Monday, January 16, 2012

Couchsurfers in Town

I had fun tonight by getting out of the familiar. I went to Body Cafe and played Bananagrams with two couch surfers, Ben and Mary Pearl, who are staying with us right now. They are an inspiring pair, traveling across the US building greenhouses out of trash, wwoofing (willing workers on organic farms) and creating a documentary film. When Body closed, we went to the Underground bar at Evangelo's. I don't think I've been in there since my very first summer in Santa Fe. It was just great to sit and talk with them and a few other girls, one of whom lives in Santa Fe now, but went to college with Mary Pearl in NC. I felt light-hearted. The journey is meant to be enjoyed. The thing about being on the other end, hosting couch surfers now, is getting to see sights for the first time again through their eyes.

When I stepped outside at the end of the evening, big, fat snowflakes greeted me on a deserted W San Francisco St. Simply magical, reminding me in another slant how I love Santa Fe. I am grateful to still see it freshly after a 3 1/2 year on-again, off-again relationship with the place.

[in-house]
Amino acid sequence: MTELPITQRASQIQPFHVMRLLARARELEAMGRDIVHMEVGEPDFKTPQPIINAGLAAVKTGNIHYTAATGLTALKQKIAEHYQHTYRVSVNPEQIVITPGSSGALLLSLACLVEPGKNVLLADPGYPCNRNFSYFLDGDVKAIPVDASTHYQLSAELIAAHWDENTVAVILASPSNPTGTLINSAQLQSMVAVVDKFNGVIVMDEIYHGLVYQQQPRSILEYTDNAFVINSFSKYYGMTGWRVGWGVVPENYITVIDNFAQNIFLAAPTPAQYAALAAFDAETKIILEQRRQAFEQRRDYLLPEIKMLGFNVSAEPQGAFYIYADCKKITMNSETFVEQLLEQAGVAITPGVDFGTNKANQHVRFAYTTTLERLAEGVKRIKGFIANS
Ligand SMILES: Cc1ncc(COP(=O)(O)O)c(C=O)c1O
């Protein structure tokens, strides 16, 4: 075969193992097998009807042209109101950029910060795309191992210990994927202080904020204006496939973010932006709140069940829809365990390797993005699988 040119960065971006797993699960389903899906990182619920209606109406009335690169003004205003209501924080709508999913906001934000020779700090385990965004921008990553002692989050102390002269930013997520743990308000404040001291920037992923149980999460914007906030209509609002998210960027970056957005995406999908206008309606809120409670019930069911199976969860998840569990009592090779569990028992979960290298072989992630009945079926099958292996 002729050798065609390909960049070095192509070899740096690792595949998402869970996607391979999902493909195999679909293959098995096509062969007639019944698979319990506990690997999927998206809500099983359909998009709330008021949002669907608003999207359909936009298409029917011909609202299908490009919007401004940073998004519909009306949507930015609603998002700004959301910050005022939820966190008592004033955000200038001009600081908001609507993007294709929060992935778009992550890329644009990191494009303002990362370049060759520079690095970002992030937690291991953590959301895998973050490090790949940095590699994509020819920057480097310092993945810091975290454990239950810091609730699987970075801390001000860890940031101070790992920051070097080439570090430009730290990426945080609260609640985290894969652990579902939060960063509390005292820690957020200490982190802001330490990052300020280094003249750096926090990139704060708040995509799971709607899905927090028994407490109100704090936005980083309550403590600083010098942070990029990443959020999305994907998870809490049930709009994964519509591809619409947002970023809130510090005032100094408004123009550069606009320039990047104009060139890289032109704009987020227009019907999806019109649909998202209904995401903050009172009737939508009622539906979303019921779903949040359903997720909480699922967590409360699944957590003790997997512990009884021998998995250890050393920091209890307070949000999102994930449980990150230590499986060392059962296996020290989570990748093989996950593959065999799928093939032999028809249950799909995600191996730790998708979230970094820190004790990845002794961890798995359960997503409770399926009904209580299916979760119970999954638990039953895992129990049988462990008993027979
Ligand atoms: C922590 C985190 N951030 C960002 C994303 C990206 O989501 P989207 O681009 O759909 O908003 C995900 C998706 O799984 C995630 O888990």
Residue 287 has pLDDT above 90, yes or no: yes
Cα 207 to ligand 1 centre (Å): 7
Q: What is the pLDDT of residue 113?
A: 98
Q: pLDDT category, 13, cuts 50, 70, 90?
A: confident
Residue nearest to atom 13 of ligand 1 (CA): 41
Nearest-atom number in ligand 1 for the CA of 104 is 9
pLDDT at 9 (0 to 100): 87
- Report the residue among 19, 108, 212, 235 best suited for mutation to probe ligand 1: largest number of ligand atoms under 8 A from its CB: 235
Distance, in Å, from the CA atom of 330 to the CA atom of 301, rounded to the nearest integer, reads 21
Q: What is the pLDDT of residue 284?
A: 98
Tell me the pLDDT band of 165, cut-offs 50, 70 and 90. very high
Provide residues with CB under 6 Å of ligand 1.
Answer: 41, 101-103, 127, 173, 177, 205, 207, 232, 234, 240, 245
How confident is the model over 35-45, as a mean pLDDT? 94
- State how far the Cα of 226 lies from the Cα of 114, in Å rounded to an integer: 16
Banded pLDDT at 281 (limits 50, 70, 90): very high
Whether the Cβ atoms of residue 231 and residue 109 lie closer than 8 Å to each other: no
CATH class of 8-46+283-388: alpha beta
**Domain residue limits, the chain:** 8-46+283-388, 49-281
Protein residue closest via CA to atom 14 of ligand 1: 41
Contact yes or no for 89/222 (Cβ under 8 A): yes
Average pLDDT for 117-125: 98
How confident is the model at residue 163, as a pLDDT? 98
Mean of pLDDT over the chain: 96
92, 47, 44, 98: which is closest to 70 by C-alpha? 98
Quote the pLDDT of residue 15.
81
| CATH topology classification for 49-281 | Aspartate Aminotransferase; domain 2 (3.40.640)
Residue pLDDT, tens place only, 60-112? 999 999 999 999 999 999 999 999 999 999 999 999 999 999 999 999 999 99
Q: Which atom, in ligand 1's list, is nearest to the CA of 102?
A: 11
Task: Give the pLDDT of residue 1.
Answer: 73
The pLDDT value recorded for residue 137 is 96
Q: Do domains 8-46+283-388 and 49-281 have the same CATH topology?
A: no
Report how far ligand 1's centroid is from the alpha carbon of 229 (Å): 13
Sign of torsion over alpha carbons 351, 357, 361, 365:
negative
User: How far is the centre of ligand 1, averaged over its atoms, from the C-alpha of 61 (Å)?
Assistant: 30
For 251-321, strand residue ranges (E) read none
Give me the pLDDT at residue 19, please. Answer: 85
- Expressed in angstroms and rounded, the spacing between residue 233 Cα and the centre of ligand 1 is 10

Earlier today I went for a lone wander hike in the Santa Fe Canyon Preserve at the end of Canyon Rd. It was my first time on that particular trail. I laid on one of the observation benches for a while soaking up the sun and looking at blue sky through bare branches. Putting myself out there in the unknown heals, as simple as that.

Couchsurfers in Town
Seeing Santa Fe again,
As if for the first time,
Through their wide eyes,
Freshly re-opening mine.
Feeling alive in the unfamiliar,
Like that original summer,
Of wounds healing,
Forgetting and letting them be,
So immersed in exploration,
And knowing new people,
No need to pick at scabs,
Just enjoy the freedom.
Stepped out of the bar,
To snowflakes smiling down,
And the remembrance came,
This snow is falling in Santa Fe,
For the first time in this way,
The only instance it will,
Ever arrive quite like this,
Unique to the moment,
Touching the lives who notice,
Different from flurries before
Or snow to come next storm.